Biotech company Cyxone is developing T20K, a drug candidate with first-in-class potential for the treatment of multiple sclerosis. Recently, Cyxone’s research partner, the Medical University of Vienna, presented pre-clinical data supporting T20K as a treatment for MS in combination with a kappa opioid receptor agonist, the combination having potential expanded therapeutic utility. BioStock reached out to COO Carl-Magnus Högerkorp for a comment.
First North-listed Cyxone’s drug candidates address autoimmune diseases rheumatoid arthritis (RA) and multiple sclerosis (MS), as well as virally induced acute respiratory disorders such as Covid-19.
Cyxone’s T20K is a peptide with first-in-class potential for the treatment of MS, a chronic autoimmune disease that affects the central nervous system. MS causes the immune system to attack and eventually damage myelin, the insulating sheath that forms around the nerves. This potentially leads to balance disorders, loss of vision, paralysis, and shorter life expectancy. The company’s ambition is to develop a well-tolerated and accessible alternative to current MS medication with the aim to stop progression or ideally even reverse the disease.
Promising data presented
In July, Cyxone announced a collaboration with the Medical University of Vienna (MedUni Vienna) to deepen the understanding of T20K’s mode of action and to evaluate its potential for a broader application in MS. Read more.
The research team at MedUni Vienna has studied T20K in combination with a kappa opioid receptor agonist (kOR) and recently filed a new patent application describing how T20K acts as a ligand to the kOR and in combination with kOR agonists exhibits greater therapeutic effects in a preclinical model of MS.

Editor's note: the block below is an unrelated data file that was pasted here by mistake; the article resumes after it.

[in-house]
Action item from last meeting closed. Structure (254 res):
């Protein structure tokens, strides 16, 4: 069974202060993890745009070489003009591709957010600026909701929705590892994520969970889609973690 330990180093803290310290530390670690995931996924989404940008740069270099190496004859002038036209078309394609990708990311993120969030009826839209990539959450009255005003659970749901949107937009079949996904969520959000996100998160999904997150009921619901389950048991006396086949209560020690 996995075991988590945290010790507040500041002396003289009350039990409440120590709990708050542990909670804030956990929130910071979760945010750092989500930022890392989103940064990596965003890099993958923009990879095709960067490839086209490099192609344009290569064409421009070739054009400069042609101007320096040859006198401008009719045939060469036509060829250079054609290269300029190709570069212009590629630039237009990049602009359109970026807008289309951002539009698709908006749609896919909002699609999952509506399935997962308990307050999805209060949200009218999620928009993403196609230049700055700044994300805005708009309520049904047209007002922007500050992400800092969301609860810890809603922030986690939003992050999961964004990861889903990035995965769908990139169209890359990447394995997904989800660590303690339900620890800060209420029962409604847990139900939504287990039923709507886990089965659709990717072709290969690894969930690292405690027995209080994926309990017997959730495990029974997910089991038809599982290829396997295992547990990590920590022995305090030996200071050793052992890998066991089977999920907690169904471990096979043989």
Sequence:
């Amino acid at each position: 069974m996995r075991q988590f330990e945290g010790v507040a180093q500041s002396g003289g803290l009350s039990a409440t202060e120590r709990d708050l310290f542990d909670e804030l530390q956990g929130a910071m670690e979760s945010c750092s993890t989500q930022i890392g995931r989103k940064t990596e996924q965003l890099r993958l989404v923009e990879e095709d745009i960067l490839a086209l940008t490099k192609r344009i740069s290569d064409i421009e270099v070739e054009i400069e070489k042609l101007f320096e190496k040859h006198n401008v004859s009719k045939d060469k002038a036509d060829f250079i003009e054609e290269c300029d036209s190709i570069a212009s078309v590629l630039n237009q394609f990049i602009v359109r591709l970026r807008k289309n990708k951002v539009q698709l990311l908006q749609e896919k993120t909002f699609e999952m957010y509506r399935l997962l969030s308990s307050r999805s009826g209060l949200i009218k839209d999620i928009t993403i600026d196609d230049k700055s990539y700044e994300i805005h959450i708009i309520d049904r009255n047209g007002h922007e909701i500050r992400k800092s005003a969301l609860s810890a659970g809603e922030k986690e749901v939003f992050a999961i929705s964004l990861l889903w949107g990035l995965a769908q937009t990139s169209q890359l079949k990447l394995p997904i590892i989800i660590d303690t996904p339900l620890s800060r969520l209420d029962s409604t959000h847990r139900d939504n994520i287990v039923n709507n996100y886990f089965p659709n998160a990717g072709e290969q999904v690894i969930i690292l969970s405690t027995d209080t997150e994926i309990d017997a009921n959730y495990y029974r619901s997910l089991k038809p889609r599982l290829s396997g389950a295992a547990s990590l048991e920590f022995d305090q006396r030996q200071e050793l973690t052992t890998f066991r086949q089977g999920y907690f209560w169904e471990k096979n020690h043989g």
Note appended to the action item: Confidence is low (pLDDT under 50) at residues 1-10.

In addition to its role in immune-suppressive and anti-inflammatory processes, T20K is now explored for its kOR activity and its potential as a suitable treatment target in MS. The kOR, in contrast to the morphine opioid receptor mOR, is linked to promising protective effects of the myelin sheet. The research findings pave way for a combination therapy with T20K in both early and late stages of the disease.
Cyxone has exclusive rights
In March 2020, MedUni Vienna submitted an extended patent application to the European Patent Office regarding T20K in MS titled “Cyclotides in combination with kappa opioid receptor ligands for multiple sclerosis therapy.” This past September, the patent documentation was made public, and it covers the combination of T20K and kOR agonists as a potential MS therapy.
The patent is part of Cyxone’s licence agreement with MedUni Vienna, meaning that Cyxone has the exclusive rights to apply the findings in the development of T20K.
Comment from the COO
BioStock contacted COO Carl-Magnus Högerkorp for a comment on the latest news.
What implications do the findings of the potential combination therapy with T20K and kOR agonists and its associated patent have for Cyxone?
– These pre-clinical findings further support the filed patent application and previous observations regarding T20K and the kappa opioid receptor, where the synergistic effects point to greater efficacy of the combination. This provides further evidence for us to build on in the continuation of the pre-clinical research for the T20K program.
How will you position T20K going forward, given the latest pre-clinical data?
– Our current focus of development remains on T20K as a monotherapy and the T20K program continues according to plan. The new data generated with the T20K/kOR combination is very interesting, and we will continue to explore this in greater detail together with MedUni Vienna. Indeed, these promising findings could indicate a broader therapeutic effect.
What will be the next steps for your collaboration with MedUni Vienna?
– We intend to continue and intensify our collaboration with professors Schabbauer and Gruber in order to generate a better understanding of the potential of T20K and T20K in combination with kOR agonist in MS as well as possibly in other indications. We seek to understand more about the mode of action and the extent of therapeutic effect.The content of BioStock’s news and analyses is independent but the work of BioStock is to a certain degree financed by life science companies. The above article concerns a company from which BioStock has received financing.